Baseball is doing its best to get replay right

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People complained that the reviews of the Gary Sheffield and Daniel
Murphy home runs this week took too long, with the former taking more
than six minutes and the latter almost four minutes. I can understand
the frustration, but you have to laud Major League Baseball for having its priorities in order:

“In the case you’re talking about, the home run call on Sheffield,
that one took about six minutes – just over six minutes. And the reason
for that was because we were really trying to get clear and convincing
evidence if we were going to overturn the call. So we were pulling up
all the various camera angles that we had available to us, and it took
us some time to discern whether or not that play could be overturned.
Ultimately, the home run was upheld, but it took a little time. But we
want to get the play right. The ultimate, ultimate, overriding concern
is to get the play right.”

Which it should be. We can argue about whether or not replay itself is
a good idea, but if you’re going to go with replay, there’s no reason
to rush it if it risks getting the call wrong.

Not that baseball shouldn’t do what it can to speed up the process
where it can. Indeed, based on some of the reviews we’ve seen, I can
think of two things that would go a long way towards making replays as
efficient as possible.

First: strongly discourage umpires from standing around trying to
decide if a replay should be reviewed. During last week’s Red Sox-Mets
game, the umps held a conclave around third base for some time,
apparently trying to determine if Youkilis’ shot down the left field
line should be reviewed. We all got pride, and umpires more than most
of us, but really, it was obvious within about five seconds of the ball
clearing the fence that there was a question as to whether it was fair
or foul. End the conference, go watch the video, get the call right,
and play ball.

Second: as we get more experience with replays, patterns are
probably going to develop. We can imagine, for example, that given the
stupid placement of the railing and advertisements on the upper deck at
Citi Field, that more than a few disputed calls are going to occur
there. Indeed, just about every park is going to have its own
particular problem areas, and once they’re identified, perhaps it would
be worth installing some fixed cameras that focus specifically on those
areas. Also, given that balls over the foul pole are going to be an
issue, maybe baseball should install the same sort of camera that sits
on every set of goal posts in the NFL.

Heck, they could even solicit sponsorships for the things. Based on the great publicity they’re getting over the Murphy homer, Subway would probably pony up at this point.

David Wright isn’t ready to retire

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There’s no doubt that the last three years have put David Wright through the ringer. The Mets third baseman missed the bulk of his 2015 season with spinal stenosis and made it through a month of games in 2016 before undergoing season-ending surgery to repair a herniated disc in his neck. In 2017, a bout of shoulder impingement, rotator cuff surgery and a laminotomy procedure on his lower back kept him off the field for all 162 games.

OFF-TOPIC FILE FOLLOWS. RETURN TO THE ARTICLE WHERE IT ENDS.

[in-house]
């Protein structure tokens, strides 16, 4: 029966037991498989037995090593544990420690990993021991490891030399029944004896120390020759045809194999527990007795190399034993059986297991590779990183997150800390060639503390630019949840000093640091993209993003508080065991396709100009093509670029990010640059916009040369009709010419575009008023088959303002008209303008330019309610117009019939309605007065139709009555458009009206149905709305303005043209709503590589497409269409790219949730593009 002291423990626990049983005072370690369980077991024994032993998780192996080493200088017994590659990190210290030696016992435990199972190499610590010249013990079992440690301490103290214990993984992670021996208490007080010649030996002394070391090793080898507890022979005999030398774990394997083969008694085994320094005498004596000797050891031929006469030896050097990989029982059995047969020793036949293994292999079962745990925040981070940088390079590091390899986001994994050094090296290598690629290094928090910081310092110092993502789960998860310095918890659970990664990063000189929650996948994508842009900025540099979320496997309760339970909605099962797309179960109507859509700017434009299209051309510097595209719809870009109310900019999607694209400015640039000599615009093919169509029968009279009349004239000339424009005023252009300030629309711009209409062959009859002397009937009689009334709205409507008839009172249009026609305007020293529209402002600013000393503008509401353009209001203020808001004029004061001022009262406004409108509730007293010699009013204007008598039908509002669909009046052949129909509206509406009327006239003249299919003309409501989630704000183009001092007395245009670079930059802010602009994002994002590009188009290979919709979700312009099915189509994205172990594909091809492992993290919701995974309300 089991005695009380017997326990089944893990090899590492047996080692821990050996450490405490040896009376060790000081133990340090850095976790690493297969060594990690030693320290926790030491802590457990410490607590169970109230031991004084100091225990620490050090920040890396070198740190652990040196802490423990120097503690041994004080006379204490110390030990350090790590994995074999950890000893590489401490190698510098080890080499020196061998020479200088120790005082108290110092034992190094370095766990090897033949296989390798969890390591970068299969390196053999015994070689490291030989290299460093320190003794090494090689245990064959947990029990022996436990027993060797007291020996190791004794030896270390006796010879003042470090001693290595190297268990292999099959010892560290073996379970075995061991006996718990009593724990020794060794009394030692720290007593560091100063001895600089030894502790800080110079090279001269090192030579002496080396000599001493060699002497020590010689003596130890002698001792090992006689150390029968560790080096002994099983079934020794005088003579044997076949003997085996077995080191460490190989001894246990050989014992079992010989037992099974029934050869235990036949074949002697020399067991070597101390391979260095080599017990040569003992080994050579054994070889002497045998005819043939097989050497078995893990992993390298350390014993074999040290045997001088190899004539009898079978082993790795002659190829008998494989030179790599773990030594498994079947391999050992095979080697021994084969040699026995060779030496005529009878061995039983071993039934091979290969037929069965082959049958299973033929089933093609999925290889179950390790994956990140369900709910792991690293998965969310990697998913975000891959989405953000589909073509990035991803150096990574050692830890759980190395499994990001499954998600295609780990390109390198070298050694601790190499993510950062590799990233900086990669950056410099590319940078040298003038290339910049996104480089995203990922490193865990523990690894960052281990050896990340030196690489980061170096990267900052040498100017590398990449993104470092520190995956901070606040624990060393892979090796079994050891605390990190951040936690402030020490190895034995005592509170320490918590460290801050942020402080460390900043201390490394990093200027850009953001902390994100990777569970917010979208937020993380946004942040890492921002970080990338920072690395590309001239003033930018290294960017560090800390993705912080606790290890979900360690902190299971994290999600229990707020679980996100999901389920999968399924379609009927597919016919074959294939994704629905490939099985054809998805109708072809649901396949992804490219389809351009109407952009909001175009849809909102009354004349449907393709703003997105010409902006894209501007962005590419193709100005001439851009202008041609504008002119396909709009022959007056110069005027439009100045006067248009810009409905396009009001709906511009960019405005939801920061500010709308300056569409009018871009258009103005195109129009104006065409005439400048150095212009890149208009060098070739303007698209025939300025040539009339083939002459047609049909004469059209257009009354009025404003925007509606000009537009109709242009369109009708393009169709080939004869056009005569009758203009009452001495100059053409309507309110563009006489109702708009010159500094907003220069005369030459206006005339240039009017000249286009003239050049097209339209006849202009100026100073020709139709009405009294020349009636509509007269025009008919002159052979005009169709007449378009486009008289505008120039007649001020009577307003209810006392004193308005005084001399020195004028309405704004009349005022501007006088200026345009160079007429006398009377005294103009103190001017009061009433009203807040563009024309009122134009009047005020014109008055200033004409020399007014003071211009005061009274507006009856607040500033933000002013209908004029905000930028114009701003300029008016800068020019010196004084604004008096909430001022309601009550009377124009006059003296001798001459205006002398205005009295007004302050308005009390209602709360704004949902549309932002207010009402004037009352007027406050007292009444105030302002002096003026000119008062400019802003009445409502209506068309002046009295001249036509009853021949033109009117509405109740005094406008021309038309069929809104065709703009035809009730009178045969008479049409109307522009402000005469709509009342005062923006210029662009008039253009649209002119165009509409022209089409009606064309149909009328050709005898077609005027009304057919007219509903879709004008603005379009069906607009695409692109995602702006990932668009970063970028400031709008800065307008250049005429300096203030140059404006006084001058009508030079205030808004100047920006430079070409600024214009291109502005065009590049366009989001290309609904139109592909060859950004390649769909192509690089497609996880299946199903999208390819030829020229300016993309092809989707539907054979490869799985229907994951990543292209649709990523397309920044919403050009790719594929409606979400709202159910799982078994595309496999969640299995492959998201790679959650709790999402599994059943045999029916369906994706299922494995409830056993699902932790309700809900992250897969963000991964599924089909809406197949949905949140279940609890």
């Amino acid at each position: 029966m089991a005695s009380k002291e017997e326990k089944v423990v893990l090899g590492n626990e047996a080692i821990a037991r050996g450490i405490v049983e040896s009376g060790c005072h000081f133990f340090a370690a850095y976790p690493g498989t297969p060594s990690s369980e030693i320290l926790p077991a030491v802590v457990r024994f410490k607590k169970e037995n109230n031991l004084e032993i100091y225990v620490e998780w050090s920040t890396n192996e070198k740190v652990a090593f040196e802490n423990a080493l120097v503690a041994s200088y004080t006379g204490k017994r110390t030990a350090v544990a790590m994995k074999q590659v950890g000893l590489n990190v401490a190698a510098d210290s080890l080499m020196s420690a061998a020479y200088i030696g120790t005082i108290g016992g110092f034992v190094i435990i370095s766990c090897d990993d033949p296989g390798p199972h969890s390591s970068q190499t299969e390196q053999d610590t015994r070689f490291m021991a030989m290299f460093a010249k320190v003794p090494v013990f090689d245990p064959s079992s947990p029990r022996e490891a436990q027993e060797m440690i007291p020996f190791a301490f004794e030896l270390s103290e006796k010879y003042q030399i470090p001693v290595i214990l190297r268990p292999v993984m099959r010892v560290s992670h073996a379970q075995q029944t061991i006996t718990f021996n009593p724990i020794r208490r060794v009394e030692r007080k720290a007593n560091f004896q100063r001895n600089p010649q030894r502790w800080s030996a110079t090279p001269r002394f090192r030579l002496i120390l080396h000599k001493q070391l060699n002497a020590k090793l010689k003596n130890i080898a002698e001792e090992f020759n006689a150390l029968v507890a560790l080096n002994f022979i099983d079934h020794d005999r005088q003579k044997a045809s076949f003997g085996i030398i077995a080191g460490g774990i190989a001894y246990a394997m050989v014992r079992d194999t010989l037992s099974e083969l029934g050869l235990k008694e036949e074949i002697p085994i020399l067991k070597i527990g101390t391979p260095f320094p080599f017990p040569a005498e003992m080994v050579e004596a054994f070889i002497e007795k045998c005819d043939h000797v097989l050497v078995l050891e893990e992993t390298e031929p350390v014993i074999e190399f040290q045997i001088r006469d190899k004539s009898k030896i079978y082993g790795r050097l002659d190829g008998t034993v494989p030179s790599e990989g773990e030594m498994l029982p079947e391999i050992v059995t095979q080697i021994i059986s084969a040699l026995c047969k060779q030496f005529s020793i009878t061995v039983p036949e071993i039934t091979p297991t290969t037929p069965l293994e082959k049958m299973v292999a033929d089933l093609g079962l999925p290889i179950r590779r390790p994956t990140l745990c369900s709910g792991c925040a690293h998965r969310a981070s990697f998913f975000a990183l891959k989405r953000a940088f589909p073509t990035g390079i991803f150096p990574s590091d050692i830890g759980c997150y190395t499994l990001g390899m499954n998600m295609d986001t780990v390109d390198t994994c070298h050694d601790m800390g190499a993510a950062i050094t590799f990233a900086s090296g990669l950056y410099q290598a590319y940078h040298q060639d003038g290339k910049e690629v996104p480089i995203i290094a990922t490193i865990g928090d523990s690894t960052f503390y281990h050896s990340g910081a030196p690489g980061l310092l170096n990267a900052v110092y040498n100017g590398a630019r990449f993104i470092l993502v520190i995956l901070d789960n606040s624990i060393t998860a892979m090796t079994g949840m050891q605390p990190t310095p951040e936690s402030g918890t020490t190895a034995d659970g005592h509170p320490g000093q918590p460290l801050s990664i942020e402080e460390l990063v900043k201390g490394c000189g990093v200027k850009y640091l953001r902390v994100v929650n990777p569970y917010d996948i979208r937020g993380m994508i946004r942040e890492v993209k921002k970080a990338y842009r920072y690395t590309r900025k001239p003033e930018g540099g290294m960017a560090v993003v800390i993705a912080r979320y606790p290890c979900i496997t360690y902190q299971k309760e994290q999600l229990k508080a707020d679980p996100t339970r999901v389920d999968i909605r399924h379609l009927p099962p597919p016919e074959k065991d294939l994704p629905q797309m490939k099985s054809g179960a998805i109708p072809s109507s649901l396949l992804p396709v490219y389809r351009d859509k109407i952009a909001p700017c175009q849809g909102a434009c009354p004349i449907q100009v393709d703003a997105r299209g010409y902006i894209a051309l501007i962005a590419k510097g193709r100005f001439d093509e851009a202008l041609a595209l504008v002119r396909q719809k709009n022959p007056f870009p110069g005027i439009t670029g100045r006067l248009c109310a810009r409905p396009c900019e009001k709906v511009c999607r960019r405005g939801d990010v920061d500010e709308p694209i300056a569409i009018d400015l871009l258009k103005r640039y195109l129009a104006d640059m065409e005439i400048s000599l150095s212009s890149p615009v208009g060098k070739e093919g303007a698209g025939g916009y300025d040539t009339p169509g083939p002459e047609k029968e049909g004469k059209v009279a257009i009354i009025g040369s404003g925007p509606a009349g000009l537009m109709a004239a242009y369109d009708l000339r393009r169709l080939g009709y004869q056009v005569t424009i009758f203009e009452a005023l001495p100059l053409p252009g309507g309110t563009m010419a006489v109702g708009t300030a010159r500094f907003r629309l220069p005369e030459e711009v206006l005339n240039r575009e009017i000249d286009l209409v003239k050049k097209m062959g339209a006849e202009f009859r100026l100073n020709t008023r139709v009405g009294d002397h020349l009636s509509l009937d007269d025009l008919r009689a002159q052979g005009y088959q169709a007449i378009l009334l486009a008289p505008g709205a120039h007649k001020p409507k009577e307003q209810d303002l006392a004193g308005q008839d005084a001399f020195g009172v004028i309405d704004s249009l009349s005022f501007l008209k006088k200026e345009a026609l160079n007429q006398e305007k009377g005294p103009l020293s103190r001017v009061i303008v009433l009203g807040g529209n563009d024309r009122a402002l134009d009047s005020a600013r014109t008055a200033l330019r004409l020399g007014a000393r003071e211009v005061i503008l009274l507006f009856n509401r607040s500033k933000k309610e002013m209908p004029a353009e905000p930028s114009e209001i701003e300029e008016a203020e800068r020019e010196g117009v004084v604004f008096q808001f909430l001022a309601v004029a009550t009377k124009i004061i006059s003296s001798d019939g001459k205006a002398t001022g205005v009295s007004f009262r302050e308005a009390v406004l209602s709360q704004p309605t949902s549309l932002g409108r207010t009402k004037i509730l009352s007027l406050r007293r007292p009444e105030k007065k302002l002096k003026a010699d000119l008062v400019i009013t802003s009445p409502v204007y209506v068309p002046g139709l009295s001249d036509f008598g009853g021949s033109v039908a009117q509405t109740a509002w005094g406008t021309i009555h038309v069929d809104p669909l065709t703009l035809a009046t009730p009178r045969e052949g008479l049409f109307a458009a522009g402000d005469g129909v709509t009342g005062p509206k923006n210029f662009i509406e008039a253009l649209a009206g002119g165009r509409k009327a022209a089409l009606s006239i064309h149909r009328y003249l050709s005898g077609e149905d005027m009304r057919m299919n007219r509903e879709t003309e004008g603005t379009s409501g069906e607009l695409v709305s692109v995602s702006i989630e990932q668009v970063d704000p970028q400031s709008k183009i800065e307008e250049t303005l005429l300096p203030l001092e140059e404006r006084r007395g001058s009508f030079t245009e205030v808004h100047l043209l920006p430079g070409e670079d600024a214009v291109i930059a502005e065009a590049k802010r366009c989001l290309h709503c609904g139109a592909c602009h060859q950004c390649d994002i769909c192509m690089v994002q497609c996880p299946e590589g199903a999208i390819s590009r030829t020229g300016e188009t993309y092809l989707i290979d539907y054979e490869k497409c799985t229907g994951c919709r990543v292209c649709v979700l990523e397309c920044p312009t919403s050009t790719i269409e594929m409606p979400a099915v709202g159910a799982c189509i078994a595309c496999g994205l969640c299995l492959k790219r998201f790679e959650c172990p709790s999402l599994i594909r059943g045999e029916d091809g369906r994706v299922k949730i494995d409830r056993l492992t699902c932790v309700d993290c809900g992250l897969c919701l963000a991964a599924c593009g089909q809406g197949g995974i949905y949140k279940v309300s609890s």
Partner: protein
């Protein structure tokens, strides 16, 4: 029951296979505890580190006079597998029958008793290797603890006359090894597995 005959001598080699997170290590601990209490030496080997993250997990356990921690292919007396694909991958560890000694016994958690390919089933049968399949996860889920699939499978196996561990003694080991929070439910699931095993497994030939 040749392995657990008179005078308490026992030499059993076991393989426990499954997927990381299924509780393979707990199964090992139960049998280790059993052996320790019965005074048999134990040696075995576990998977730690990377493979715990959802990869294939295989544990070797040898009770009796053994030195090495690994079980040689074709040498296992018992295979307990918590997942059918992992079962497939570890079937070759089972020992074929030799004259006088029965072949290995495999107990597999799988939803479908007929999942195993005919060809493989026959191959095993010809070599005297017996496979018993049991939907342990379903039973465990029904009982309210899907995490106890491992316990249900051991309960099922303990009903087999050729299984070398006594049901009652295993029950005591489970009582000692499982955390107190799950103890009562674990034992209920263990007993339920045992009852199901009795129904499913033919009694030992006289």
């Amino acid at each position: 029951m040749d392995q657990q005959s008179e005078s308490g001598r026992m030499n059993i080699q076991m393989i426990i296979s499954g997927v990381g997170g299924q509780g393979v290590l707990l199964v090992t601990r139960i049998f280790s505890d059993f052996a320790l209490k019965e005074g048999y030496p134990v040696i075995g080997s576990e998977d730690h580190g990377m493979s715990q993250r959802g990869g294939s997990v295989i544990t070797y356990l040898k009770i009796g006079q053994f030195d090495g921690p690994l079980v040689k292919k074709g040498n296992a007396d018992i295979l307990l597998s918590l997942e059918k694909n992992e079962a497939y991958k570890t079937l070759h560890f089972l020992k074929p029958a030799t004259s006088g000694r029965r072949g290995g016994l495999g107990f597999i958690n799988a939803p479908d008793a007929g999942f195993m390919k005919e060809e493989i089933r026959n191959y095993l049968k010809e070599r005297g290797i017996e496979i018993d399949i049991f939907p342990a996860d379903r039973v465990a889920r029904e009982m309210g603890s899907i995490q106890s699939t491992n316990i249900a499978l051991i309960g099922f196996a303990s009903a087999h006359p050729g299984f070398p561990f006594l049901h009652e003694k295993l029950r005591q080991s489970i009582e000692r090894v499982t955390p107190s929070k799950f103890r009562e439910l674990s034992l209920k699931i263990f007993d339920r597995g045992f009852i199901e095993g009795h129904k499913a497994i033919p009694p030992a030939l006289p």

Despite the continual setbacks, Wright told MLB.com’s Anthony DiComo, he doesn’t believe retirement is in the cards for him this year. “When the end comes, the end comes,” he said Friday. “Hopefully, I’ve got a little more left. But I guess that’s to be determined.”

The 35-year-old last appeared for High-A St. Lucie in 2017, powering through three games with one hit and five strikeouts in 10 plate appearances. His career has advanced in fits and starts since 2015, but you don’t have to do too much digging to find his last great performance with the Mets. Wright earned his seventh career All-Star berth in 2013, slashing .307/.390/.514 with 18 home runs and a terrific 6.0 fWAR in 492 PA. While he isn’t expected to mash at those levels in the near future, if ever again, the Mets believe the veteran third baseman might still have something left in the tank as he tries to extend a 13-year run in the majors.

Per DiComo, the only thing standing in his way is a clean bill of health — not just for the upcoming season, but for the years to come. Wright said he wouldn’t risk returning to the field if it came with long-term implications for his quality of life.

The surgeries are obviously serious stuff, but it just kind of plays with your mind mentally, where you don’t know how your body’s going to hold up,” Wright said. “You don’t know how you’re going to feel a month from now. You don’t know how you’re going to feel a couple weeks from now. You’re hoping that it continues to get better, but you just don’t know.

Given the uncertainty that surrounds his return to the game, it’s a prudent outlook to have.